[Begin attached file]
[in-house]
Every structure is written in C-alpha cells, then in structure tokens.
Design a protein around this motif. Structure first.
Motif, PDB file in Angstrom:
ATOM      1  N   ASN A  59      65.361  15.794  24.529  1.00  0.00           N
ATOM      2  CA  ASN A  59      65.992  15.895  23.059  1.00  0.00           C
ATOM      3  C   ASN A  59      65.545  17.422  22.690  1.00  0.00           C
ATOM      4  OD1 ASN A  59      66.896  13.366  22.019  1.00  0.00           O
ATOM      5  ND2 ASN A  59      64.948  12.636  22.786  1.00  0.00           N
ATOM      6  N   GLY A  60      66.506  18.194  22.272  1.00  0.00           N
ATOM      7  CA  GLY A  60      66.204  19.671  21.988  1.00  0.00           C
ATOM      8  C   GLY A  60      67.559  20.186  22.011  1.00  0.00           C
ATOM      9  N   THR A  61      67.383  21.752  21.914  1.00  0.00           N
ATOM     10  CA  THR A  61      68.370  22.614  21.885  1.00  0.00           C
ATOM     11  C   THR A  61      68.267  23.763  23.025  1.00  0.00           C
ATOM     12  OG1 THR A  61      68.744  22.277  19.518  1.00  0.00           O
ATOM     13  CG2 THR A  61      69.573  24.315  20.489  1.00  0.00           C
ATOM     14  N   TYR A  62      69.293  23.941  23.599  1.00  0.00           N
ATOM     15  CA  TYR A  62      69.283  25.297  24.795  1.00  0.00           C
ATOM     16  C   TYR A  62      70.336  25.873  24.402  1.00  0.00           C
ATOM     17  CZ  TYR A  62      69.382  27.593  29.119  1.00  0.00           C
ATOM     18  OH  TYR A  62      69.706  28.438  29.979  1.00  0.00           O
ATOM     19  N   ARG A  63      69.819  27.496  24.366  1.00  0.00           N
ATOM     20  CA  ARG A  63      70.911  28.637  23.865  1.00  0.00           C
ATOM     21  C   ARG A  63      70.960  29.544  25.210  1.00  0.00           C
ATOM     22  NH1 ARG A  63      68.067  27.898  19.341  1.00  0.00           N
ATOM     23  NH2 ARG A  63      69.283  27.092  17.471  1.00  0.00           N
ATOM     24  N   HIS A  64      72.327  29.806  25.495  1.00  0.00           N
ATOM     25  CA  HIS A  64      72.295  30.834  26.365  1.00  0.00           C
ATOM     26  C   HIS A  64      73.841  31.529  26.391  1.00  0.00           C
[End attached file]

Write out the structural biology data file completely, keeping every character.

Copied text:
[in-house]
Every structure is written in C-alpha cells, then in structure tokens.
Design a protein around this motif. Structure first.
Motif, PDB file in Angstrom:
ATOM      1  N   ASN A  59      65.361  15.794  24.529  1.00  0.00           N
ATOM      2  CA  ASN A  59      65.992  15.895  23.059  1.00  0.00           C
ATOM      3  C   ASN A  59      65.545  17.422  22.690  1.00  0.00           C
ATOM      4  OD1 ASN A  59      66.896  13.366  22.019  1.00  0.00           O
ATOM      5  ND2 ASN A  59      64.948  12.636  22.786  1.00  0.00           N
ATOM      6  N   GLY A  60      66.506  18.194  22.272  1.00  0.00           N
ATOM      7  CA  GLY A  60      66.204  19.671  21.988  1.00  0.00           C
ATOM      8  C   GLY A  60      67.559  20.186  22.011  1.00  0.00           C
ATOM      9  N   THR A  61      67.383  21.752  21.914  1.00  0.00           N
ATOM     10  CA  THR A  61      68.370  22.614  21.885  1.00  0.00           C
ATOM     11  C   THR A  61      68.267  23.763  23.025  1.00  0.00           C
ATOM     12  OG1 THR A  61      68.744  22.277  19.518  1.00  0.00           O
ATOM     13  CG2 THR A  61      69.573  24.315  20.489  1.00  0.00           C
ATOM     14  N   TYR A  62      69.293  23.941  23.599  1.00  0.00           N
ATOM     15  CA  TYR A  62      69.283  25.297  24.795  1.00  0.00           C
ATOM     16  C   TYR A  62      70.336  25.873  24.402  1.00  0.00           C
ATOM     17  CZ  TYR A  62      69.382  27.593  29.119  1.00  0.00           C
ATOM     18  OH  TYR A  62      69.706  28.438  29.979  1.00  0.00           O
ATOM     19  N   ARG A  63      69.819  27.496  24.366  1.00  0.00           N
ATOM     20  CA  ARG A  63      70.911  28.637  23.865  1.00  0.00           C
ATOM     21  C   ARG A  63      70.960  29.544  25.210  1.00  0.00           C
ATOM     22  NH1 ARG A  63      68.067  27.898  19.341  1.00  0.00           N
ATOM     23  NH2 ARG A  63      69.283  27.092  17.471  1.00  0.00           N
ATOM     24  N   HIS A  64      72.327  29.806  25.495  1.00  0.00           N
ATOM     25  CA  HIS A  64      72.295  30.834  26.365  1.00  0.00           C
ATOM     26  C   HIS A  64      73.841  31.529  26.391  1.00  0.00           C